Greenbelt

Flooding: why we must take action now

Flooding: why we must take action now

Greenbelt calls for the urgent adoption of SUDS

Alex Middleton, Chief Executive of Greenbelt, has called for urgent action after it was revealed a four-year stalemate in the implementation of Sustainable Urban Drainage Systems (SUDS) could now go on indefinitely, despite a deal having been agreed.

Agreement had been reached on who should take ownership and maintain new anti-flood landscape features – new legislative and regulatory processes would see local councils in England and Wales responsible for the approval, adoption and maintenance of SUDS for new developments.

The deal had taken four years to achieve and Defra (Department for Environment, Food and Rural Affairs) planned to introduce the rules in April. Now, however, the government has indefinitely postponed plans to introduce the new measures for further talks on details.

Mr Middleton commented: "We are incredibly disappointed at the delay to set up the processes for the adoption of SUDS. Recent events showed dramatically the enormous scale of the problems we face in combatting urban flooding – it’s only logical that any further delay could prove catastrophic in the short and long term.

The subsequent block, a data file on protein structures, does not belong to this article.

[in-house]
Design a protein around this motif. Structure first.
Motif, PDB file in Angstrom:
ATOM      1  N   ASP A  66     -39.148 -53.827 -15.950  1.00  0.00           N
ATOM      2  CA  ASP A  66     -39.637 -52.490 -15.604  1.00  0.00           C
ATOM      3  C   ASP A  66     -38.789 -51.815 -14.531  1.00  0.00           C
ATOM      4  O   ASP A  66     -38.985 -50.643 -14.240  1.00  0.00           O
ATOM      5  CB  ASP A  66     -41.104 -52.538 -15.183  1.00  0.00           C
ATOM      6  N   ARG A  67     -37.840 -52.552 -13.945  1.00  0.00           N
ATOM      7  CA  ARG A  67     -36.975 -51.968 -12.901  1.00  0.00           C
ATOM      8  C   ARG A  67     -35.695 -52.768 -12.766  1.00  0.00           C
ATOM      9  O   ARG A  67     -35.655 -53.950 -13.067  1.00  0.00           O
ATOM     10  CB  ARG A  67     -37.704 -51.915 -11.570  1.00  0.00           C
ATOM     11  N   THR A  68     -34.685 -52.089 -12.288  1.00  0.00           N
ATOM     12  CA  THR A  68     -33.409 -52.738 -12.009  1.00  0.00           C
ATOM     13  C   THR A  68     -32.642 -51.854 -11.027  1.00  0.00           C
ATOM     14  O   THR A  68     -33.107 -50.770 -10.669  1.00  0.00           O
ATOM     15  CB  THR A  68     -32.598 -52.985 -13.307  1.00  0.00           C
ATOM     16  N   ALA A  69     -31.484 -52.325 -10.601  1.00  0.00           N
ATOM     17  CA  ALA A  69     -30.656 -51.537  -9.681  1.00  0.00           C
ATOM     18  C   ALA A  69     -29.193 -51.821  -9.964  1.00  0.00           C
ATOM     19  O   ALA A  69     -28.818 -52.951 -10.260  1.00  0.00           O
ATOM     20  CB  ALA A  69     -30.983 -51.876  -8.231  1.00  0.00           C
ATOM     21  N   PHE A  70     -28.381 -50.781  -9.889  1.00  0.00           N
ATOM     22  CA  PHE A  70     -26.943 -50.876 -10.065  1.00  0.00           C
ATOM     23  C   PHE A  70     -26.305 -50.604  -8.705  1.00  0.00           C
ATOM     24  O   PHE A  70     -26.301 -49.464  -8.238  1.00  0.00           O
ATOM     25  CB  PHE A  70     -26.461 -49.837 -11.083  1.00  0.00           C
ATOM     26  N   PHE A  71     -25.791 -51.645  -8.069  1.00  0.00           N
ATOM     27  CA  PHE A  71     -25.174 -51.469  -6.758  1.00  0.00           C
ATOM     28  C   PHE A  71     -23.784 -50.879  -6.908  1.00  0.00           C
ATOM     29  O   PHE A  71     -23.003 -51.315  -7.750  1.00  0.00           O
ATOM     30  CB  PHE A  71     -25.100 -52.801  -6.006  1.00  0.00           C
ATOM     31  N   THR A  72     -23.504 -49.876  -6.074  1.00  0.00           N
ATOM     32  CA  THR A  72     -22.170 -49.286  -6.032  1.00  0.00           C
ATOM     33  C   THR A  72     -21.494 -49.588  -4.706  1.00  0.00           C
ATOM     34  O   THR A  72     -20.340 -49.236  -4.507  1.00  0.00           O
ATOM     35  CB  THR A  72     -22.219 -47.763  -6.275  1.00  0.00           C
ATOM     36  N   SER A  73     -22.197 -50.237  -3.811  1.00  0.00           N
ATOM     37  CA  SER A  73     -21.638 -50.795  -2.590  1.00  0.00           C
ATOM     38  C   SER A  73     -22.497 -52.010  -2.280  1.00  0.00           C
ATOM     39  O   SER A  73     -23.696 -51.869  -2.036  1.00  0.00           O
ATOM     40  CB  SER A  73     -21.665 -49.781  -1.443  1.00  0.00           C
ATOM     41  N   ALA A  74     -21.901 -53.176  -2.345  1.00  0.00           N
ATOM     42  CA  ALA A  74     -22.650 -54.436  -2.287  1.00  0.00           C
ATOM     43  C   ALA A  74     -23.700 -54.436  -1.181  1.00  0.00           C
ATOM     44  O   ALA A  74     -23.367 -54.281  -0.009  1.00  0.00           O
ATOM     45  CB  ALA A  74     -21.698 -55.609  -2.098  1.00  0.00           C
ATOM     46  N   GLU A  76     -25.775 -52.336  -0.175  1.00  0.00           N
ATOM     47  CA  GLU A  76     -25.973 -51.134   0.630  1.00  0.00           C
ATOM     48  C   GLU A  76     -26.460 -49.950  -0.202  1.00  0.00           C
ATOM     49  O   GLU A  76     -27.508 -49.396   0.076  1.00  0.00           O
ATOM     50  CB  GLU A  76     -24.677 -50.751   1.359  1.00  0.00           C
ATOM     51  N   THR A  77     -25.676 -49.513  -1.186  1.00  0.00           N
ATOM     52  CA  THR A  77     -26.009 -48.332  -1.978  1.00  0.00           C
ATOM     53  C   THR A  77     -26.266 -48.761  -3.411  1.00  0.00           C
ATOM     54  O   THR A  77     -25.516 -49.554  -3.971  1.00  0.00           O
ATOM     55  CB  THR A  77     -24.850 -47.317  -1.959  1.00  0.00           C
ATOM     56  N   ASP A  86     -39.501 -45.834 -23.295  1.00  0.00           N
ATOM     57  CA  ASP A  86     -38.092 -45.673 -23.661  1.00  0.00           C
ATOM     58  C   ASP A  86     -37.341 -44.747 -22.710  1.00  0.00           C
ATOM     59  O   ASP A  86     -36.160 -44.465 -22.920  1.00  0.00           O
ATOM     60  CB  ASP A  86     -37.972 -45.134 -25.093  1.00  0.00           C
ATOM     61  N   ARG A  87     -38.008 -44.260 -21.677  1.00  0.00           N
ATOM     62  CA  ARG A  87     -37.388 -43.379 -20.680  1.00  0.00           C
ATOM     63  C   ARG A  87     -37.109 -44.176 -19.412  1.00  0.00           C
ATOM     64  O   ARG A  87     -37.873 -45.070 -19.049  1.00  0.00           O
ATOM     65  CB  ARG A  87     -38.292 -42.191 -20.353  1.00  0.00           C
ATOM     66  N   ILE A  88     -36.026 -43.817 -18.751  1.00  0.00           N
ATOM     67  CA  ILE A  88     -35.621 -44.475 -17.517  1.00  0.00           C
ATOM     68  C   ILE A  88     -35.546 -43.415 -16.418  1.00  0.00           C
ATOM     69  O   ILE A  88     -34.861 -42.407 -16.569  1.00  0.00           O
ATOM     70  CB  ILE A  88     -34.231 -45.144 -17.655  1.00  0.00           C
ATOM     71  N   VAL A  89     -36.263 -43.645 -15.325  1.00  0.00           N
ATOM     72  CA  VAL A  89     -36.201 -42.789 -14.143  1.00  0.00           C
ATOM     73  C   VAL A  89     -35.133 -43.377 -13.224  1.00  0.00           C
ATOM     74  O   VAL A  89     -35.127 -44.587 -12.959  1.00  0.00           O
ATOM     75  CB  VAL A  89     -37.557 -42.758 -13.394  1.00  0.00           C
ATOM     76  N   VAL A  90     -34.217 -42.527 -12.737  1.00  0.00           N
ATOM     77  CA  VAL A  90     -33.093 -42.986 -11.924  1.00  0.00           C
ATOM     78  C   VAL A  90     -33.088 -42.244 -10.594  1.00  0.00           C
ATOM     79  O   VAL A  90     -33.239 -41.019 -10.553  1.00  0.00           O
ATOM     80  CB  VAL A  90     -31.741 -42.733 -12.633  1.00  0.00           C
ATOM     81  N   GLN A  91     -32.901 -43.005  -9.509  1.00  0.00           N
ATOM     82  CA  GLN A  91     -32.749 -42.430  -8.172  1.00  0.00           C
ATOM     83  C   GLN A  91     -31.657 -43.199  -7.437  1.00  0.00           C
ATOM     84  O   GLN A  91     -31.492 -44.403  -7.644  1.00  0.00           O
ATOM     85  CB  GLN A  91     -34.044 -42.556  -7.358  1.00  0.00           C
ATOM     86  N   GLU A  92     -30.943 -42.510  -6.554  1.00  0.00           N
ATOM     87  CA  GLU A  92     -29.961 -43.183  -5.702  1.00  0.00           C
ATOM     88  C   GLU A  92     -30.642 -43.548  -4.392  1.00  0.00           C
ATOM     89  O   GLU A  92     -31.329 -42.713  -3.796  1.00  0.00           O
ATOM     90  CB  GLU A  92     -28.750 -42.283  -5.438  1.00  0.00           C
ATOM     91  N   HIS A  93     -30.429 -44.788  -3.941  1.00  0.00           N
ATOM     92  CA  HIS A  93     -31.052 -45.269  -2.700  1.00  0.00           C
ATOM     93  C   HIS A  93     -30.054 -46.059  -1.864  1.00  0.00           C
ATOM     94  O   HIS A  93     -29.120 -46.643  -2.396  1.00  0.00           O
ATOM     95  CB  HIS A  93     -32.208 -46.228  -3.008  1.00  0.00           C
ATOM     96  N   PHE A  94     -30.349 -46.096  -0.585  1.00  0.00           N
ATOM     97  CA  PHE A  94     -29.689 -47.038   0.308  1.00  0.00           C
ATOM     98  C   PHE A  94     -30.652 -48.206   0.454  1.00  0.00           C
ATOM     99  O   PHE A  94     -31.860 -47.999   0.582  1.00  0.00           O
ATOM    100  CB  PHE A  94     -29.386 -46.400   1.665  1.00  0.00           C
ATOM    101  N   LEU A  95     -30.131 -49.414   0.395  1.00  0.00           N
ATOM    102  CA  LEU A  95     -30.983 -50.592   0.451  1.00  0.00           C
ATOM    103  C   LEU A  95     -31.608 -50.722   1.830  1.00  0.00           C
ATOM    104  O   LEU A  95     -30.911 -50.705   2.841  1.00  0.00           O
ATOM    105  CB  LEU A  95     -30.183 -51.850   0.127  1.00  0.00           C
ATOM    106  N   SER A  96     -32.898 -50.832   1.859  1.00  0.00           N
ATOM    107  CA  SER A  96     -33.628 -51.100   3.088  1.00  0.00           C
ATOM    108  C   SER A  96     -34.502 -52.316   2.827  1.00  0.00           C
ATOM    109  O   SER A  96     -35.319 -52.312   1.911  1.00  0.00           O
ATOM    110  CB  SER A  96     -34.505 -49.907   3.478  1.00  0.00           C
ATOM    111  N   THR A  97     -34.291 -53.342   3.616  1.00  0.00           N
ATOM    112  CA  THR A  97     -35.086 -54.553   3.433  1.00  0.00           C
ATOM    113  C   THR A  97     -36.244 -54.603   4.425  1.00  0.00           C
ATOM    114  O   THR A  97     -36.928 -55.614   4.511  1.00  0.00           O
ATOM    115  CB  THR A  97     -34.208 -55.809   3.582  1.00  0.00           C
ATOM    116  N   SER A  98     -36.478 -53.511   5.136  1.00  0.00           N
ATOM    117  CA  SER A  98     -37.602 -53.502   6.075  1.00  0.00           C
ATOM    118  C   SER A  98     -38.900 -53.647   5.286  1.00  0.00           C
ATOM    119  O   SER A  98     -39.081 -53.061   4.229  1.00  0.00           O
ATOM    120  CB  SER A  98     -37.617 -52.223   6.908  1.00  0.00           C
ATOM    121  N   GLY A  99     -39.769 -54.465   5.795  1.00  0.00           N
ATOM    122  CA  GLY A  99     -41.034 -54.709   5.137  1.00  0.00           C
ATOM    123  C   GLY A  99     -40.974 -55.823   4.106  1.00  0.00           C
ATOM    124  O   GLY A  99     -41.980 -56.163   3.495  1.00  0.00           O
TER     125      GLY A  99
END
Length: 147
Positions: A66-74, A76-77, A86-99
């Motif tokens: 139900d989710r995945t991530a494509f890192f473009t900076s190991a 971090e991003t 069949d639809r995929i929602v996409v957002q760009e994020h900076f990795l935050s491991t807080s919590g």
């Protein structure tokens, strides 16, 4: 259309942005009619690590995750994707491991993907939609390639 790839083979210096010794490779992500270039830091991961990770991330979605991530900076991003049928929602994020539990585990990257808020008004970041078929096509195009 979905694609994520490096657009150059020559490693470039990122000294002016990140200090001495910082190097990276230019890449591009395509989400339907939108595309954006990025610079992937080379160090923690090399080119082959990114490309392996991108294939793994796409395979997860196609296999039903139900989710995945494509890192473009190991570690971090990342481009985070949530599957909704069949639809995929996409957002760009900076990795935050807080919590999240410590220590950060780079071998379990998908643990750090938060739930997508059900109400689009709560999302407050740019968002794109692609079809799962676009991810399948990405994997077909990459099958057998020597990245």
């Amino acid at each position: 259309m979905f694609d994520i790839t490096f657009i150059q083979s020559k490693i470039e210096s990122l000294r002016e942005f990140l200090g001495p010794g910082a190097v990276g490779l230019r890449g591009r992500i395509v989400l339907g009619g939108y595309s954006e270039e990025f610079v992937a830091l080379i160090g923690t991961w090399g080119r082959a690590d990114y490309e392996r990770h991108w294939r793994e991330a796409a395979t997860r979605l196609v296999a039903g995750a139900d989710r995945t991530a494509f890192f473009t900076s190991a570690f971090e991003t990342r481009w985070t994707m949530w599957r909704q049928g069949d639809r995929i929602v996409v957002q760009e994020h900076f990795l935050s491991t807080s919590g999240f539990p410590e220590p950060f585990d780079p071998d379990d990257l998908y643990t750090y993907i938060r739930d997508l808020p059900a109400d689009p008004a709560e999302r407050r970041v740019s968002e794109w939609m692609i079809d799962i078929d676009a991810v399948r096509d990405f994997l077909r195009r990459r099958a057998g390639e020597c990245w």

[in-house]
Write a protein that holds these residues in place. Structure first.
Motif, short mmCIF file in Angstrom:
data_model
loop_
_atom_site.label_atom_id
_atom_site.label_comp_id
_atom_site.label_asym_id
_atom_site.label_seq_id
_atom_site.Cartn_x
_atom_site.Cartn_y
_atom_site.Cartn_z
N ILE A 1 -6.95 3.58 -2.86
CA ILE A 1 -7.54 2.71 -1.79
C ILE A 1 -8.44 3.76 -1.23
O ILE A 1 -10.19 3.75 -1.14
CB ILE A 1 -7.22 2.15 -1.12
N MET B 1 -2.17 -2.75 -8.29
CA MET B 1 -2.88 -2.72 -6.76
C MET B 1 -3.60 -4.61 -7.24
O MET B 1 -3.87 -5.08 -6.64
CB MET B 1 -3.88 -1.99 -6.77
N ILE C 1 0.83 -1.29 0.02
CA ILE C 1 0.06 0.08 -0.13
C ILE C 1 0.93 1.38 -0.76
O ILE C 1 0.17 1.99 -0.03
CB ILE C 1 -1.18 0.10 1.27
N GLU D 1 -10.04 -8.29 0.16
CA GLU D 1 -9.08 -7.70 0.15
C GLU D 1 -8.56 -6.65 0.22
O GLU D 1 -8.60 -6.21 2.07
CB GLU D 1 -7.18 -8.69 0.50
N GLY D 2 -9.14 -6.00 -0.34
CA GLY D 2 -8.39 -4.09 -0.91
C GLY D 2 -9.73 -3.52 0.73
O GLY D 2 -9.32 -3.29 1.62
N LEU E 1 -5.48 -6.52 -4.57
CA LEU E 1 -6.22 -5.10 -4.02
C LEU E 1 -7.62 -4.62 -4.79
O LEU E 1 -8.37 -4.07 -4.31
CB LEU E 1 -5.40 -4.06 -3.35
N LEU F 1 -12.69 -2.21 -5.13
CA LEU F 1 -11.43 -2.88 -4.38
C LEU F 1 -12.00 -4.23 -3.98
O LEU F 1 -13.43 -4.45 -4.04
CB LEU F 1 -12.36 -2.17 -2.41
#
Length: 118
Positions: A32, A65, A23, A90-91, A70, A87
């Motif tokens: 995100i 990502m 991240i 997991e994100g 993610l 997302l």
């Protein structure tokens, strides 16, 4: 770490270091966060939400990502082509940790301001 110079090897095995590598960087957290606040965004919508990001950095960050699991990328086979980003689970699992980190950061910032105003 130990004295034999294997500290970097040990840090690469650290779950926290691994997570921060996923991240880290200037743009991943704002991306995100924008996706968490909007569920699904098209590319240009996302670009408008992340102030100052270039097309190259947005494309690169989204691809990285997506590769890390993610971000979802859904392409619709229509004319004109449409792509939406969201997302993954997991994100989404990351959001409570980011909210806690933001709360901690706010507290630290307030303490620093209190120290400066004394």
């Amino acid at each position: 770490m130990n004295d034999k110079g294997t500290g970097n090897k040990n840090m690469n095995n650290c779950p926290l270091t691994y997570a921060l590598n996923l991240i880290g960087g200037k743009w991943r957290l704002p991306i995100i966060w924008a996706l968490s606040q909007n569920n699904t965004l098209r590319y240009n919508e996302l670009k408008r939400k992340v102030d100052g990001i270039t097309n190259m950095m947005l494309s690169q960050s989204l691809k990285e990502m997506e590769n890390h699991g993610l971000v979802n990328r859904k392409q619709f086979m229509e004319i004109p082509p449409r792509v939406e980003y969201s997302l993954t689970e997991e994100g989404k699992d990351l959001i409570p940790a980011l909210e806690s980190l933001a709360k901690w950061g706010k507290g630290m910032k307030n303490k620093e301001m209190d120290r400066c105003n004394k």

“What we need now, as a matter of some urgency, is to move forward with the adoption of SUDS, while also addressing the concerns many developers have about the long-term operation and management of the systems.

"Beyond the obvious impact of potential new flooding, there is a detrimental effect on the house building industry. The uncertainty brought about by this delay could prove debilitating for all those involved in the sector: house builders need reassurances about the systems they will be required to install and the processes for having them approved. They also need to know precisely when it is going to be feasible to move on implementing SUDS."

As industry pioneers of the effective use of the SUDS for new developments, and having invested in research with scientists at Abertay University and consulted extensively with government agencies, Greenbelt is now urging greater debate on how best to move forward.

Mr Middleton noted: “Unless all those involved in flood prevention begin to work together for a coherent and cohesive approach to Sustainable Urban Drainages Systems, inevitably the situation is only going to get worse.”

Greenbelt, which manages more than 100 SUDS nationwide, last week announced that it will be hosting its own company “SUDS Summit” to investigate the best solutions to assist the industry and its decision makers to facilitate moving forward with a coherent strategy for implementation.